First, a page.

Recent Tax Court decision could wreak ha

Glover v. Comm, a recent tax court decision, presents several issues to Merchant Mariners. Mr. Glover worked for Reinauer Transportation. His tugs pushed oil coastwise as far as Virginia. The tugs wou

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Recent Tax Court decision could wreak havoc on Mariners

State Taxes and Mariners

Suz asked this question So, what about if you live in one state (TN) and work as a merchant mariner in another state (HI), 45 days on/45 days off rotation? Do you pay HI state taxes, or does the payro

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State Taxes and Mariners

Mariner Tax Update January 2011

E-Filing alert! How many times have you read that mariners cannot E-File? How many websites have posted this. Year after year. And then all of a sudden preparers start proclaiming “mariners can

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Mariner Tax Update January 2011

Employee vs. Non-Employee LLC and S-Corp

I’ve been a client of yours for a few years now and I had a general tax question concerning my wife’s job status. She currently works full time for a marketing firm in “Deleted”

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Employee vs. Non-Employee LLC and S-Corp Planning for Mariners and their families

Maritime Tax Preparers and the Alternati

What they don’t want you to know… This video points out the tremendous effect of the AMT on merchant mariners. Seamen taking business deductions and offsets may very well be realizing litt

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Maritime Tax Preparers and the Alternative Minimum Tax

Foreign Earned Income

by on December 1, 2010 at 7:40 pm

Mariners and the Foreign Earned Income Exclusion

Let’s use an extreme example to get the point across

Joe Sailor. He lives in Singapore. His wife lives there. He owns property in Singapore. He has children in Singapore. He hasn’t been in the US for years. He works for a foreign flagged shipping company. The vessel never enters US waters. It runs from Singapore to South America. He is a US Citizen. Questions are -

  1. Is he required to file a US Income Tax return?
  2. If yes is he able to use the Foreign Earned Income Exclusion on all of his shipping income?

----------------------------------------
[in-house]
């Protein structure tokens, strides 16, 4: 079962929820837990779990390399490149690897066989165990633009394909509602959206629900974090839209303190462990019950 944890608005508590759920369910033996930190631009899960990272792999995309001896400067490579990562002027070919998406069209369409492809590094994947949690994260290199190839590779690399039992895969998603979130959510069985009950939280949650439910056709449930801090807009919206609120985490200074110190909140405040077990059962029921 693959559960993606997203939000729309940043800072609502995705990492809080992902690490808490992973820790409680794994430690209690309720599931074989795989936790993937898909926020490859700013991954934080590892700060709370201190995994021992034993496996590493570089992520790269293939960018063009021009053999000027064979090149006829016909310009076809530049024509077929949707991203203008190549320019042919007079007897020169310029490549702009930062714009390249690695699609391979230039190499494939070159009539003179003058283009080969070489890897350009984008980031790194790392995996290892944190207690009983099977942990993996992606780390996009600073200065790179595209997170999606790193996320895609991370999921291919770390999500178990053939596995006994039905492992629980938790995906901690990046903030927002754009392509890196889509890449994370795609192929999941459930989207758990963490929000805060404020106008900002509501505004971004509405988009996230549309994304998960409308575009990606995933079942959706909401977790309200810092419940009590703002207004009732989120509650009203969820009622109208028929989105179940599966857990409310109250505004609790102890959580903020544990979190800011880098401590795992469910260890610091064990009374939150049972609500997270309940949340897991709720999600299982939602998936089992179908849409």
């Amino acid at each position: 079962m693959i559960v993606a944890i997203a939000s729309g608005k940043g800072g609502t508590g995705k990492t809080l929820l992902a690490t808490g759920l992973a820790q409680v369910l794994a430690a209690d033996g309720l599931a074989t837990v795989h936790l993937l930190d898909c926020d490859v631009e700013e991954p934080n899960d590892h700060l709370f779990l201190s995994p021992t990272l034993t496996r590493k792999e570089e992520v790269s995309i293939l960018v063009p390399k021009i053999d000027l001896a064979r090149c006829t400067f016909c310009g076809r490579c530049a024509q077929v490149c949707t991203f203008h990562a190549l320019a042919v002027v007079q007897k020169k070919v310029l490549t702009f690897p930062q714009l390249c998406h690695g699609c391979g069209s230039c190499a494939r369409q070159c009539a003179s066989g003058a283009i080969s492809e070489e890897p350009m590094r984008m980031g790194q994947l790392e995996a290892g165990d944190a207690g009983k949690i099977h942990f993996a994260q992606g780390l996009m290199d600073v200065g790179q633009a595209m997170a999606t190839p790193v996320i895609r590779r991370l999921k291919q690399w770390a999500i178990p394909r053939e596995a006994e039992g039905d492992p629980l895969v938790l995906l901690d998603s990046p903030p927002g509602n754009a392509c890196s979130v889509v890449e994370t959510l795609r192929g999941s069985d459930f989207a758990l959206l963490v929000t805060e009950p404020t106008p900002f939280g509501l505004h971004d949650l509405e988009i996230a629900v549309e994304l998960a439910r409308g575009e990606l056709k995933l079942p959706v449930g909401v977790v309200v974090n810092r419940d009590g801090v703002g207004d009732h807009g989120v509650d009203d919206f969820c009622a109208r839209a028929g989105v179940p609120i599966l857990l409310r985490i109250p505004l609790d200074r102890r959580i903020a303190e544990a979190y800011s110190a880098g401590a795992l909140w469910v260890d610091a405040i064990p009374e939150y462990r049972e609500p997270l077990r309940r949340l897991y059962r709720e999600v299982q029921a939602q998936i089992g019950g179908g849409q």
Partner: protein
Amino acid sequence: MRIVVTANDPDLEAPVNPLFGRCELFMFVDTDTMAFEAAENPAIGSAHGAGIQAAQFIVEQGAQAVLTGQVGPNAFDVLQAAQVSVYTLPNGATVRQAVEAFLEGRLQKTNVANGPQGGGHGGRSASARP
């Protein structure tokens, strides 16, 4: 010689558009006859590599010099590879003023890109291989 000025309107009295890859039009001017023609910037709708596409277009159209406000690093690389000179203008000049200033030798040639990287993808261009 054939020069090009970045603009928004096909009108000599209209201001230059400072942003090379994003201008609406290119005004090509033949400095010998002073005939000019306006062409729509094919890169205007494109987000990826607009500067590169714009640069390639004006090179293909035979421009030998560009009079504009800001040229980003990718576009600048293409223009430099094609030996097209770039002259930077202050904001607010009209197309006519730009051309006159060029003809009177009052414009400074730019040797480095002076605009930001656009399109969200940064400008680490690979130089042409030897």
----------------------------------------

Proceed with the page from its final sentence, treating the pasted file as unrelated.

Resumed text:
Non Resident Citizens

Yes he HAS to file a non-resident return. He may allocate foreign tax credits for taxes payed to Singapore, but a U.S. Citizen would be required to file a return.

U.S. citizens are generally taxed on their worldwide income unless a specific exclusion applies. Sec. 61(a) (“gross income means all income from whatever source derived”); Cook v. Tait, 265 U.S. 47, 56 (1924); Specking v. Commissioner, 117 T.C. 95, 101-102 (2001), affd. sub nom. Umbach v. Commissioner, 357 F.3d 1108 (10th Cir. 2003), affd. sub nom. Haessly v. Commissioner, 68 Fed. Appx. 44 (9th Cir. 2003).

Income Earned in International Waters – via US Tax Court

Section 911(b)(1)(A) defines an individual’s “foreign
earned income” as “the amount received by such individual from
sources within a foreign country or countries which constitute earned income attributable to services performed by such individual”.

The term “foreign country” when used in a geographical sense includes any territory under the sovereignty of a government other than that of the United States. It includes the territorial waters of the foreign country (determined in accordance with the laws of the United States), the air space over the foreign country, and the seabed and subsoil of those submarine areas which are adjacent to the territorial waters of the foreign country and over which the foreign country has exclusive rights, in accordance with international law, with respect to the exploration and exploitation of natural resources.

Under general principles of international law, international waters are not under the sovereignty of any nation. United States v. Louisiana, 394 U.S. 11, 23 (1969). Thus, international waters are not a “foreign country” for purposes of section 911, and income petitioner earned while traveling in international waters is not “foreign earned income” excludable from gross income. See Plaisance v. United States, 433 F. Supp. 936, 938-939 (E.D. La. 1977).